Neighborhood: Midwood, 150 Ainslie Street
Details: Okonomi is not your traditional American breakfast, and that’s a good thing. Traditionally Japanese in every sense, Okonomi serves a single breakfast meal between the hours of 9 a.m. and 3 p.m. (4 p.m. on weekends) The ornately decorated plate will give you thoughts of a fine-dining experience too.
What to eat: Single serving could include: Roasted fish, miso soup, rice, pickled vegetables and an onsen egg.
Di Fara Pizza
Neighborhood: Bushwick, 1424 Avenue J
Details: There are debates every day about the best New York pizza. Most, though, will tell you to go with the tried-and-true, and in Brooklyn that’s Di Fara pizza. Every pie is made by the owner himself Dom De Marco, who opened this legendary pizzeria in 1965.
What to eat: Classic pizza; Square pizza (Sicilian!); Offers broccoli rabe as a pizza topping.
Neighborhood: Bushwick, 93 Ralph Avenue
Details: Easily one of the best vegan options in Brooklyn, Toad Style serves one of the most innovative menus in the borough. The name comes from the 1978 movie Five Deadly Venoms about five Kung Fu fighters who have animal-themed fighting styles. Check out the Instagram account – mouth-watering photos.
What to eat: Banh Mi sandwich with fried oyster mushrooms; BBQ pulled jackfruit sandwich; Homemade, hand-cut french fries.
two8two Bar & Burger
Neighborhood: Cobble Hill, 282 Atlantic Avenue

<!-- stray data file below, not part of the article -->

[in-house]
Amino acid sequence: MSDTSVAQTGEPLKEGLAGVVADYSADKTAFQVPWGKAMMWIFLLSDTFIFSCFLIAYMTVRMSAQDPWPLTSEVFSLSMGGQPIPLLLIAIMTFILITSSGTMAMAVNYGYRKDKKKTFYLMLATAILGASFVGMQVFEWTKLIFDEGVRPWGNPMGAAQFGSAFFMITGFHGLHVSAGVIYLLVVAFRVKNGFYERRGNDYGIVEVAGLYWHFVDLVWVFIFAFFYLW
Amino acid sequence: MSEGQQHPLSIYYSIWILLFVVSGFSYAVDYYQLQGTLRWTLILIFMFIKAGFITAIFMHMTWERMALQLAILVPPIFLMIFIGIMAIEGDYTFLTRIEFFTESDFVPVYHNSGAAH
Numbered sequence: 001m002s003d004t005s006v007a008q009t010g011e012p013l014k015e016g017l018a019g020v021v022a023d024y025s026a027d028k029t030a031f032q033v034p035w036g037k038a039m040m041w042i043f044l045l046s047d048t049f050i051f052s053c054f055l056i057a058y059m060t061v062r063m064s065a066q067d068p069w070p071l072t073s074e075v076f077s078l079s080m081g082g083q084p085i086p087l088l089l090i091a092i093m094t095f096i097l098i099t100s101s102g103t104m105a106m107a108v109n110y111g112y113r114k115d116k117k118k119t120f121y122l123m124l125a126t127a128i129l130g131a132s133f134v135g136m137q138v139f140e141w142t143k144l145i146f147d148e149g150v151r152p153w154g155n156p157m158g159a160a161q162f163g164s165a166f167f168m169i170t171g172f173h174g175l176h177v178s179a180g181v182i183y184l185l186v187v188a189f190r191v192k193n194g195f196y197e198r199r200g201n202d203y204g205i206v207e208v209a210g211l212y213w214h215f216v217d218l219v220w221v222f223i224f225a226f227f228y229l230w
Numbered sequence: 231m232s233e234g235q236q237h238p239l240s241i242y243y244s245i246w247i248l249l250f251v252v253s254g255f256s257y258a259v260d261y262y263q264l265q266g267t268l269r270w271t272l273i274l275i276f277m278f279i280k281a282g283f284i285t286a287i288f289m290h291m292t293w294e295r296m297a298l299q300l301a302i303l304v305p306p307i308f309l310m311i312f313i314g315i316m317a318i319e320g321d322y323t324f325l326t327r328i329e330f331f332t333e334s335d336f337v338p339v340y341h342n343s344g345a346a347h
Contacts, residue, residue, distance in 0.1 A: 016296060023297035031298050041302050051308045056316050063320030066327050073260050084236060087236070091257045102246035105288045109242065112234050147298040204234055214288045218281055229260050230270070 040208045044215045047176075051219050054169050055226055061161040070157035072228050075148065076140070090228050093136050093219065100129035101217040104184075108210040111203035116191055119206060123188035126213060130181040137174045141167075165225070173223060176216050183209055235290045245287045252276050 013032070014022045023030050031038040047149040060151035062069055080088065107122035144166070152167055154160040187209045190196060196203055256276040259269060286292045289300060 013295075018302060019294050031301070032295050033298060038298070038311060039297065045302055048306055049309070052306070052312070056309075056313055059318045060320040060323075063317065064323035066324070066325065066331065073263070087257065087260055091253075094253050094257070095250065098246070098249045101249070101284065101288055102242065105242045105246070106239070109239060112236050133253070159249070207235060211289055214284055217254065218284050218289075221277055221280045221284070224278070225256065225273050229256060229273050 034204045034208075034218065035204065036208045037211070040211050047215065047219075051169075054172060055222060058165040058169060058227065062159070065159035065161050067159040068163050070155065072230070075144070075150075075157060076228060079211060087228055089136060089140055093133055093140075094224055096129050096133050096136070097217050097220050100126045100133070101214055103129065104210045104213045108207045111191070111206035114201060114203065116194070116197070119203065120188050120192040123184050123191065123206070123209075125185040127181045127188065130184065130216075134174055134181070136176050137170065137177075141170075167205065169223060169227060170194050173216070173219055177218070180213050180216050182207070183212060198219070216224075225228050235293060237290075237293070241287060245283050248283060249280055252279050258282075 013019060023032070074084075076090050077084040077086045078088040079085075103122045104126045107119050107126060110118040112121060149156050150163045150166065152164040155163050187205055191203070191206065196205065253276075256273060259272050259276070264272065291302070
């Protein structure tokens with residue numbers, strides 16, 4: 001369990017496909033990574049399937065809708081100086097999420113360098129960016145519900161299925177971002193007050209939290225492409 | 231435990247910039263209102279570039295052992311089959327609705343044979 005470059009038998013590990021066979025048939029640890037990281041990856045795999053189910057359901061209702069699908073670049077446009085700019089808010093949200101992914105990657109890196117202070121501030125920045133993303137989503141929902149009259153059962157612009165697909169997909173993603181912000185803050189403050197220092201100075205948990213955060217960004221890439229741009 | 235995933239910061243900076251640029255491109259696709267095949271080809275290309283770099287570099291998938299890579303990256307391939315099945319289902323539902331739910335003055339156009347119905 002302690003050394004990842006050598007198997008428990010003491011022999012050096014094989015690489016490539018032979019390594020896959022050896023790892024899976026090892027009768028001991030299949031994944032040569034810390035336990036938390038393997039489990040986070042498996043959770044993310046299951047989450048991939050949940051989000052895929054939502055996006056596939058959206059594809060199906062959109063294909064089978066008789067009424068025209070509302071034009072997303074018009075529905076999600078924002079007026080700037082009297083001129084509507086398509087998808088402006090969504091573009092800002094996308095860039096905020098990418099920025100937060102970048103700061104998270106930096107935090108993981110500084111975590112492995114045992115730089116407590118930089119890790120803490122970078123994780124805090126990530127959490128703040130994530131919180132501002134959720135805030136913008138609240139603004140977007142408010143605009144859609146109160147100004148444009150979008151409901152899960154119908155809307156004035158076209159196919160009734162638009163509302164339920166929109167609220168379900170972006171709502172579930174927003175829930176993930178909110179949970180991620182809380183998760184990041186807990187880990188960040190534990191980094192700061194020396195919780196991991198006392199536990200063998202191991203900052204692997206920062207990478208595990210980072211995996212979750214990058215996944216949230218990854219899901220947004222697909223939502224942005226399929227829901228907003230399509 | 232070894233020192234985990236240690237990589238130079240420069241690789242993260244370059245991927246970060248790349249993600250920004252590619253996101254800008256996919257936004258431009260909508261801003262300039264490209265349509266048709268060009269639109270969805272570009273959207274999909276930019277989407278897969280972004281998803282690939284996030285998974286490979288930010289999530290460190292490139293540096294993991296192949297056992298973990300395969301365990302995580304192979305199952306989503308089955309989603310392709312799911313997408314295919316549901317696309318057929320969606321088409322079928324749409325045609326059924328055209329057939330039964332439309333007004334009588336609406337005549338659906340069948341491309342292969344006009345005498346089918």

Details: Named one of the 20 best burgers in America by Men’s Journal, Two8Two Burger offers 11 burgers, five hot dogs and a pretty snazzy beer and cocktail menu in a pub-like atmosphere. The meat blend is ground daily by local butcher Los Paisanos and formed into plump five-ounce patties.
What to eat: Self-named two8two burger with poblano chiles; Half/Half burger – 50% beef, 50% bacon; Onion rings.
Neighborhood: Williamsburg, 109 Montrose Avenue
Details: Sometime you just want simplicity when you’re hungry. Nam Nam’s menu keeps it simple: banh mi sandwiches, noodle bowls, coffee and teas. That’s it. The hole-in-the-wall restaurant delivers on some of the best Vietnamese food in Brooklyn with its simple concept.
What to eat: Eight choices for food, so choose well.
Details: Sometimes a fast-casual restaurant is calling your name. Well, Purbird is here to answer. Home to flame-grilled organic chicken and homey-type sides, Purbird cooks a moist chicken which is brined for extra tenderness. Tip: Ask for the chicken noodle soup if you’re in the mood.